A very brief summary:
Amun, the Hidden One, began as a local Theban deity who left no pre-dynastic tracks, so that we today cannot say when he appeared - but we know it was at least as far back as the Old Kingdom. Earlier, in pre-Dynastic times, Egyptian deities were largely local to each city, but it became a custom when the two kingdoms were unified to raise one deity above the others and often amalgamate two or more of them to facilitate the assimilation of power and devotion. This process would recur through the centuries, packing the Egyptian pantheon until it became a mass of conflicting powers and presences.
Unsurprisingly, and beginning with the first dynasty, the institution of Kingship was seen as the sole force holding the Two-Lands together, mandating that Pharaoh must therefore be the incarnate manifestation of the active God, Horus (this notion of kingship via the falcon, Horus, was carried over from pre-Dynastic times and preserved seemingly to smooth the transition from petty kingships to unification and empire.)
Re, the sun god (Northern kingdom - Heliopolis), and Horus, a sky god (Southern kingdom), traded supremacy of devotion in the Old Kingdom and early Middle Kingdom (subsequent to the invasion and occupation of Egypt by the Hyksos and after their expulsion by the Thebans) - until Thebes, due to its powerful families of warmaking princes, emerged as the new hub of power for all of the two lands.
Now Thebes already had a chief God - Monthu, a war god...which was fitting since the Thebans had shown themselves particularly competent at battle, and for a short while he was the overarching power deity in the Middle Kingdom, diminishing Horus (who also had a war aspect in his list of attributes) to lesser but singular powers, especially pertaining to the person of the Pharaoh. But then something happened.
Ammenemhat I, initiating the 12th Dynasty, decides it politically expedient to move his center of operations North, to Memphis, the former capitol. Thebes then lost part of its political power. However, Amun was promoted to be the pre-eminent national and dynastic deity, and Thebes was designated as the city of Amun, diminishing Monthu to penultimate status, and pairing Amun with the sun God, Re (the ancient chief Deity of the North.)
Pharaoh worshiped at the temple of Amun, and was generous toward its embellishment, but he also attended Ptah of Memphis, the patron God of that city, who had been of secondary prominence in the Old Kingdom. Thus, Amun-Re, Ptah and Osiris (who were seen as holding an enduring focus of belief concerning the afterlife) formed a triad of leading deities.
Osiris, his wife Isis, their son Horus (wearing the pharaonic double-crown)
Amun, the Hidden One, ancient and arcane in Thebes, was a God of the wind, or air, or breath. All beings breathed him in. Sound traveled through him. Pollen and seeds were carried on him. The weather and the seasons were his. The stars and sky were folded into him. But he could not be seen. Amun-Re. The air and the sun. Sparkling, transcendent and immanent. His epithet became "Lord of the Thrones of the Two Lands".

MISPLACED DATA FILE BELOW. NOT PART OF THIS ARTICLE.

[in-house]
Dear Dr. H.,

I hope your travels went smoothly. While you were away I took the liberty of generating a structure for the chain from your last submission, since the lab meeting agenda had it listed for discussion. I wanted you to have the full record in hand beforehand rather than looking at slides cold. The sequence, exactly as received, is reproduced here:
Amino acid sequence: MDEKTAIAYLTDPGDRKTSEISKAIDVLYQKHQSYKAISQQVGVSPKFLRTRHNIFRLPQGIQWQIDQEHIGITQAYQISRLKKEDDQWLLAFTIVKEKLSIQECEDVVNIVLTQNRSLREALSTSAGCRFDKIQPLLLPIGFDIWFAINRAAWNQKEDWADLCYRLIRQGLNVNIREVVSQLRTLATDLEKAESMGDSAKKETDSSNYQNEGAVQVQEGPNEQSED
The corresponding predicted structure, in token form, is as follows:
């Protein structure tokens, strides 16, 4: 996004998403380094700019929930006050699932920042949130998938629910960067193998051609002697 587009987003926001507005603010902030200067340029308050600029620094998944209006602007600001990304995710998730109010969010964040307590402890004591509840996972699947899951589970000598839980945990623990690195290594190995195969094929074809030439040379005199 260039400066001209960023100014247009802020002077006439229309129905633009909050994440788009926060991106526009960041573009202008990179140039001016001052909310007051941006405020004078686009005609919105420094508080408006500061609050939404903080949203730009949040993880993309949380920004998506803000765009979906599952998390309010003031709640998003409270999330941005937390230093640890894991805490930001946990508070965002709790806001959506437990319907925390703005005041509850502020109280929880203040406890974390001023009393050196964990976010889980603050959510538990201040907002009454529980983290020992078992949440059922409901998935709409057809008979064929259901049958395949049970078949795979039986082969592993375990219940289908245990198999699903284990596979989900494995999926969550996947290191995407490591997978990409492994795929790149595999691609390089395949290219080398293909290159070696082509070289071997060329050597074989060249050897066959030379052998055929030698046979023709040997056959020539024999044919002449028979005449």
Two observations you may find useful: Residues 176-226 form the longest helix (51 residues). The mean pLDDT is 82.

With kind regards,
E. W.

His Soul (3), they say, is the one who is in the sky.
15 He is the one who is in the netherworld,
foremost of the East.
His Soul is in the sky, His body in the West.
His statue is in southern Heliopolis,
elevating His body (4).
One is Amun,
who keeps Himself concealed from them,
who hides Himself from the gods,
no one knowing His nature.
20 He is more remote than the sky,
He is deeper than the netherworld.
None of the gods knows His true form.
His image is not unfolded in the papyrus rolls.
Nothing certain is testified about Him.
25 He is too secretive
for His Majesty to be revealed,
He is too great to be enquired after,
too powerful to be known.
The Leiden Papyrus I 350
From this point forward, Amun - in numerous incarnations and paired with many another deity - emerges as the One, before and beyond all the other gods, who proceed from him but cannot see or know him. And since he was everywhere, he was considered to also be within, and could be accessed personally, by anybody, from within. Prayers to him exist seeking succor from troubles, want, poverty, affliction.
As always happens, before long the established religion of Amun became exclusive, ritualizing and prioritizing all contact and worship with the God, denying personal mediation to priestly prerogatives. The priests became worldly, powerful, and ever more hungry, until by the end of the 18th Dynasty in the New Kingdom the priests of Amun threaten to control the government along with Pharaoh himself, and thus Akhenaten breaks with Amun, establishing the Aten (the actual Sun disk and its energy) as preeminent with no transcendent character nor internal presence or access. This religion soon fell; the corrupt Amun priests and power structures returned, and then a new dynasty would emerge to glory. But eventually the power of the priests of Amun would tear the Pharaohship and the government to shreds, with waves of re-establishment of order and prosperity followed by downfall and invasion becoming the regular fate of mighty Egypt.
sources: Wikipedia, Leiden Papyrus I 350, Wilkinson 2001 p. 185, Amun the Great God by Wm. van den Duggen